How much meat do you get when raising pigs for meat?

Raising pigs for meat on a small property is a great way to put some food in your freezer. Organic pastured pork is leaner and healthier and just tastes better than the 'store-bought' kind.

So, how much meat do you get from your typical pastured porker? Here's a breakdown of the yield (cuts and quantities) from my own experiences raising pigs for meat. This analysis will help you plan your freezer space and also help you set prices for your pork.

This example is an average from actual piggies raised here at New Terra Farm. Your actual yields will vary depending on the breed of the pig, it's weight, and the particular retail cuts you choose.

We measured this pig with a pig tape before sending him off to the abattoir, and estimated his live weight at 220 lbs. The abattoir told us he had a hanging weight (carcass weight after slaughter with the head removed and carcass cleaned) of 160 lbs.

Measuring girth with a pig tape

Hanging weight is the weight you use if you are raising pigs for meat and money; this is the weight you base your price on when selling your pastured pork by the whole or half-carcass. This is also the weight you use when calculating your cost per pound.

Here's the retail cuts from this pig:

  • loin (chops or roasts) – 30 lbs

  • shoulder (chops or roasts) – 12 lbs

  • bacon – 24 lbs

  • hams – 40 lbs

  • picnic roasts – 10 lbs

  • ribs – 2 lbs

  • trim (as ground pork or sausage) – 12 lbs

Total retail cuts 130 lbs

The exact yield of each cut from your personal piggie will vary, but this will be close enough to let you set a price per pound for the various retail cuts.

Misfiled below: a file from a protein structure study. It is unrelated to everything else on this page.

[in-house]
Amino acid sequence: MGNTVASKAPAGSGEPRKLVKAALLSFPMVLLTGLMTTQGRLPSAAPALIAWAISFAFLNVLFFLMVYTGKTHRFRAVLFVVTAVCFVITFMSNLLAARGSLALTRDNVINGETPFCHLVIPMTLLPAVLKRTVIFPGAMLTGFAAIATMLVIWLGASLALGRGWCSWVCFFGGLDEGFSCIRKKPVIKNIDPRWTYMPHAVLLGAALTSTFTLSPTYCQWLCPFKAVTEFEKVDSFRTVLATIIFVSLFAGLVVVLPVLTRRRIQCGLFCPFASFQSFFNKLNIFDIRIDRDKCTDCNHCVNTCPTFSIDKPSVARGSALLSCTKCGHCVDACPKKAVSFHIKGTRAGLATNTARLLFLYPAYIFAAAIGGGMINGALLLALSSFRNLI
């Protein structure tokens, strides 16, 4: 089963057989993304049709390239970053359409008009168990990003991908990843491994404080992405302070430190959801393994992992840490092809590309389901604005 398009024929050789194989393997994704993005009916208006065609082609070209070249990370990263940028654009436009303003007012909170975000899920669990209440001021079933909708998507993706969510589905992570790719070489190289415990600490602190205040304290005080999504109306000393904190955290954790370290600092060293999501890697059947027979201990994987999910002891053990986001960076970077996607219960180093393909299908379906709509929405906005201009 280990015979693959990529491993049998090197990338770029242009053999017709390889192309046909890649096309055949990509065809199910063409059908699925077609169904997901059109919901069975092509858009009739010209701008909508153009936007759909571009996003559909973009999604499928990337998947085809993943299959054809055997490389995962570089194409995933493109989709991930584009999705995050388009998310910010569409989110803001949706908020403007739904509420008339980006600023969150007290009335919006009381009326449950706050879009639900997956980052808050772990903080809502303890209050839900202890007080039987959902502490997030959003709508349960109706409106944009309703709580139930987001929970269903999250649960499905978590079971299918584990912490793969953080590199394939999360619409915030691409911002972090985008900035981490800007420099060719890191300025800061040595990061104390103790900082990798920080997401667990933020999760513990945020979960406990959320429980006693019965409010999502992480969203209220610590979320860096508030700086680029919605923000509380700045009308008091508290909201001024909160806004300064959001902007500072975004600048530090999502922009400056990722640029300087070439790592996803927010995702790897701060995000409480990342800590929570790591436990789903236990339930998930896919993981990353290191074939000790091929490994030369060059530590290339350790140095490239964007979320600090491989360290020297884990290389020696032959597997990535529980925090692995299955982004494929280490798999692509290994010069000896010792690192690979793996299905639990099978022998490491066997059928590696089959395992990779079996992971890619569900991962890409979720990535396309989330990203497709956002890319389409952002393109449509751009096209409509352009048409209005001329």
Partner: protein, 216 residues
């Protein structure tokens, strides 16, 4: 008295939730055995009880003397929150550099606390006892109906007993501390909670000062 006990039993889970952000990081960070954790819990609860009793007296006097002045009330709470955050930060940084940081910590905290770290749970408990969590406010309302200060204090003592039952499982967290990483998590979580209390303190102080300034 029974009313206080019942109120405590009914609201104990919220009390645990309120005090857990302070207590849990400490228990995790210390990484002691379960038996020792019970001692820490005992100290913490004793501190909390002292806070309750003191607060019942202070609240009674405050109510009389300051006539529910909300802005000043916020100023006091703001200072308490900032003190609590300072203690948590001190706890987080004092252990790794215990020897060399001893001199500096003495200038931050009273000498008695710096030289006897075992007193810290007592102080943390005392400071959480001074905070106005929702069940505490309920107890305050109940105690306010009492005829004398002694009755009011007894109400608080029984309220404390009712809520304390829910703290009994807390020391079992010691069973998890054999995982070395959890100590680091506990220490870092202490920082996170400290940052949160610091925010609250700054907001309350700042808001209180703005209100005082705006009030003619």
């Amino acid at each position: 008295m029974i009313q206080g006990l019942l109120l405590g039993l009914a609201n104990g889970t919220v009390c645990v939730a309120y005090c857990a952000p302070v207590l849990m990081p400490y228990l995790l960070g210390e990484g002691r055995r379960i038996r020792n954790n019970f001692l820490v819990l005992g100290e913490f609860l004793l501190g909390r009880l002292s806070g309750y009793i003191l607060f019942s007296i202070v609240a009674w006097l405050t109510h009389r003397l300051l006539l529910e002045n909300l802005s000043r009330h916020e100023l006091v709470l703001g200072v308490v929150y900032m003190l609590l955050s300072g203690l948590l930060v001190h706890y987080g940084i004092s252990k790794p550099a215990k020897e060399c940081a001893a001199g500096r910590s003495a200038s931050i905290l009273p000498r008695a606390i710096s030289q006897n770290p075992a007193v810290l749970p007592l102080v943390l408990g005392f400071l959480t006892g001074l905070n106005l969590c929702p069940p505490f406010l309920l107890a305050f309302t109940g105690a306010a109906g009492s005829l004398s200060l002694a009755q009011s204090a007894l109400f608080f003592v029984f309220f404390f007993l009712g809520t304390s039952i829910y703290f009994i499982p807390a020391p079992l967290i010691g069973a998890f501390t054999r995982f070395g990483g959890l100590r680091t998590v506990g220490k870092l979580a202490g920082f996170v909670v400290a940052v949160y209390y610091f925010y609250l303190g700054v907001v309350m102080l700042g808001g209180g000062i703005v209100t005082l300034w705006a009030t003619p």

You also want to know the breakdown so that you get back what you put in at the abattoir; once or twice some hams have 'gone astray' when I got my piggies back (from an abattoir I no longer use).

It may seem obvious, but if you are selling pork by the cut, you will charge a higher price for the premium cuts loin. Everybody wants pork chops, and you can't fill every order with just chops alone; each pig will yield only got 30 lbs. or so.

So, how do you sell the other, less-popular cuts? We like to sell our pastured pork in box orders of about 20 lbs or so. We put some of each pork cut in the box, and charge a price per pound higher than the price we charge for whole or half-carcass. 20 lbs. of pork will fit in most refrigerator-top freezers.

I created the Porkluator spreadsheet  to help me figure out costs and prices for my pastured pork. It's included with the 2019 edition of the
How to Raise Pigs on Pasture handbook.

We've been putting pigs on pasture for 15 years here on New Terra Farm. If you want a step-by-step guide to plan, market and manage your own flock of pastured piggies, check out Pigs on Pasture

Special Offer: get my Pigs on Pasture book free in the Start Farming Pack. Get a lot of valuable small farm information for and a great deal
The Start Farming Pack special book offer

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